Although the White House isn't successfully invaded, this attempted assault remains a landmark moment in the cinematic destruction of Washington, D.C. The White House may have escaped the wrath of the flying saucers, but it was this close to getting burnt to the ground.
Sometimes, an invasion doesn't necessarily mean destruction. In 'G.I. Joe: Retaliation,' the White House is invaded by sinister forces without anyone in the country (or in the government) knowing anything until it's too late.
With the evil master of disguise Zartan impersonating the President, the sinister terrorist group Cobra is able to perform a silent coup, destroying the G.I. Joes and placing control of the country in the hands of Cobra Commander. The remaining Joes manage to take the country back and save the real President, but this ultimately goes down as one of the most successful assaults on the White House in the history of the movies. After all, they did it without firing a shot...and they managed to hang Cobra banners from the building without arousing too much suspicion.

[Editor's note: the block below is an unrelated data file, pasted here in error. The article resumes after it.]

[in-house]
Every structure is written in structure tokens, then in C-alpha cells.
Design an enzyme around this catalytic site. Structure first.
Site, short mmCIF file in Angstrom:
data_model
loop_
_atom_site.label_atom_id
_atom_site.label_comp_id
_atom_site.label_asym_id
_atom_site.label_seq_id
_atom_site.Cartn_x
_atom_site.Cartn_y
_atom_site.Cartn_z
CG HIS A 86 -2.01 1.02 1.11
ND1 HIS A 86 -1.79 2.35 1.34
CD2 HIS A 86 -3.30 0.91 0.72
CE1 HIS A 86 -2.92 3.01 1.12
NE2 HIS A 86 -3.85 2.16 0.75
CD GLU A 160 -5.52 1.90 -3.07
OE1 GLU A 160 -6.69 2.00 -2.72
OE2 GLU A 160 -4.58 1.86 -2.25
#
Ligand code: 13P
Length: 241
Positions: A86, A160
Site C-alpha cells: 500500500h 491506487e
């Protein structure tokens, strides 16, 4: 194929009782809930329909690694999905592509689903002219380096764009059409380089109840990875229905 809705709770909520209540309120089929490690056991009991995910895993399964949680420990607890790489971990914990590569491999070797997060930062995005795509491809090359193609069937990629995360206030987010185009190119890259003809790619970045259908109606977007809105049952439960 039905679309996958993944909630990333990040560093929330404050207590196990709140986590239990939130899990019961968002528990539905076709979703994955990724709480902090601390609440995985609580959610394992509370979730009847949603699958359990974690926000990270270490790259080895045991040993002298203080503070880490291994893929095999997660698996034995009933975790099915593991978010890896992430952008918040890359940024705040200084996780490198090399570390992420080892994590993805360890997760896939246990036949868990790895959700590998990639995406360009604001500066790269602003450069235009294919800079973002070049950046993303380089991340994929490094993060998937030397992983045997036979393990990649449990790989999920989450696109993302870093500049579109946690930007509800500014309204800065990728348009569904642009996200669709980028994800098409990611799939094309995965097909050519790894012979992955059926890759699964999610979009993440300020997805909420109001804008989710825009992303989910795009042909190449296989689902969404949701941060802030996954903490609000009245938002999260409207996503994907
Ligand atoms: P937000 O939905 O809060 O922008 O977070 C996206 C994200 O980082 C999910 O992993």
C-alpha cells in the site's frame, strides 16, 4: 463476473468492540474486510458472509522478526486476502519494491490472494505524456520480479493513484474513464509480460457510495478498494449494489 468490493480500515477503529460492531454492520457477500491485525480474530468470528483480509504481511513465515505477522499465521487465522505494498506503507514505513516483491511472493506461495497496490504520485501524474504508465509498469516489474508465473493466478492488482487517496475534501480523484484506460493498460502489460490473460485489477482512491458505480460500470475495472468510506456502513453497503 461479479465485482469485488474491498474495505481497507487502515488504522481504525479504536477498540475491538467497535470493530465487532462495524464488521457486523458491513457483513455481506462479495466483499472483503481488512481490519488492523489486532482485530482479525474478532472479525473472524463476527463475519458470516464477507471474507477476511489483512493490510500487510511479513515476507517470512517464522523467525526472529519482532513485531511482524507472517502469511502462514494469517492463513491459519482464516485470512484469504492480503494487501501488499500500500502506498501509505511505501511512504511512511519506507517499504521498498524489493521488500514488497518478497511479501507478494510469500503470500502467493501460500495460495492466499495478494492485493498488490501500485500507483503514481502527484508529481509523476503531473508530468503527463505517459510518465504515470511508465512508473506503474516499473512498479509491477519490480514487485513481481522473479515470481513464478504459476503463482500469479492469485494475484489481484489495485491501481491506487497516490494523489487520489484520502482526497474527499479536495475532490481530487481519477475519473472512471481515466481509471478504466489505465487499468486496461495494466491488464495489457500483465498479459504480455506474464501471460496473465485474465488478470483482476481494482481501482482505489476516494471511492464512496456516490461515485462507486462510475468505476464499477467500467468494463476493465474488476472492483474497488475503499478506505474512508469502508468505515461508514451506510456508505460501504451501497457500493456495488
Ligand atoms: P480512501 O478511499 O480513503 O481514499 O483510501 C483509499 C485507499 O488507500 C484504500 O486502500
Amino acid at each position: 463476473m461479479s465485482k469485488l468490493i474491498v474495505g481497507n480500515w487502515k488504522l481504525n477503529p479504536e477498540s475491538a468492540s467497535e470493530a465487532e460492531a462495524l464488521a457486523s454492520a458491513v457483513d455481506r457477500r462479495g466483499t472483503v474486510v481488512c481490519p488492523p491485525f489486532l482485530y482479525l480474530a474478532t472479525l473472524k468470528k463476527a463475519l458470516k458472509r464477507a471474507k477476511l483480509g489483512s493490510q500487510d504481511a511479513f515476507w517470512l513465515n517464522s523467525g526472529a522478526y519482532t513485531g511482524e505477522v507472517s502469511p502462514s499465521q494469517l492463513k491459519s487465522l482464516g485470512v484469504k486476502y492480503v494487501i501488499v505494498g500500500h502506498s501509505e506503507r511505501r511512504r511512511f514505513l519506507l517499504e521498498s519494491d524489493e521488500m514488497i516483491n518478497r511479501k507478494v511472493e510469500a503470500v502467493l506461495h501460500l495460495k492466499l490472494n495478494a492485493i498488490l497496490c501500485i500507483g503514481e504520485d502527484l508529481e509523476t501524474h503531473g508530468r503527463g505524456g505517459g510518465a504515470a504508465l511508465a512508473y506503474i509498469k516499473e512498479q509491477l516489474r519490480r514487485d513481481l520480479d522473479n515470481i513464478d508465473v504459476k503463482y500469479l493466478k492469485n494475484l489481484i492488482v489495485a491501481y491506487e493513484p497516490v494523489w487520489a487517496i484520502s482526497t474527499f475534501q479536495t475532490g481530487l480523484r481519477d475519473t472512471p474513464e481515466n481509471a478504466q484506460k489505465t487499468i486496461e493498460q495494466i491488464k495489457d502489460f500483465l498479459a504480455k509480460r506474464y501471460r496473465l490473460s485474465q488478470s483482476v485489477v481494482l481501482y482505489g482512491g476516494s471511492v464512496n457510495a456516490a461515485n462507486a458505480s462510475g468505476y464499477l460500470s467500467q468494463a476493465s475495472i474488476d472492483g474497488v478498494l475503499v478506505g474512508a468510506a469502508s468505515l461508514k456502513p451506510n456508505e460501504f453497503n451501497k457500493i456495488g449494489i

The Cobra forces may have succeeded in taking over the White House with relative ease, but they were certainly lacking in the "razzle dazzle" department. Enter the mutant superhero Nightcrawler, who opens 'X2' with such a bang that the rest of film feels a little disappointing.
Mind-controlled by the real bad guys, the blue-skinned, teleporting X-Man-to-be sneaks into the White House as part of a tour group and fights his way through any army of Secret Service agents. The body count is pretty low, but it's a monumental breach of security, concluding in the Oval Office with Nightcrawler hovering over the Commander-in-Chief with a knife. You see, Cobra? That's how you make an entrance.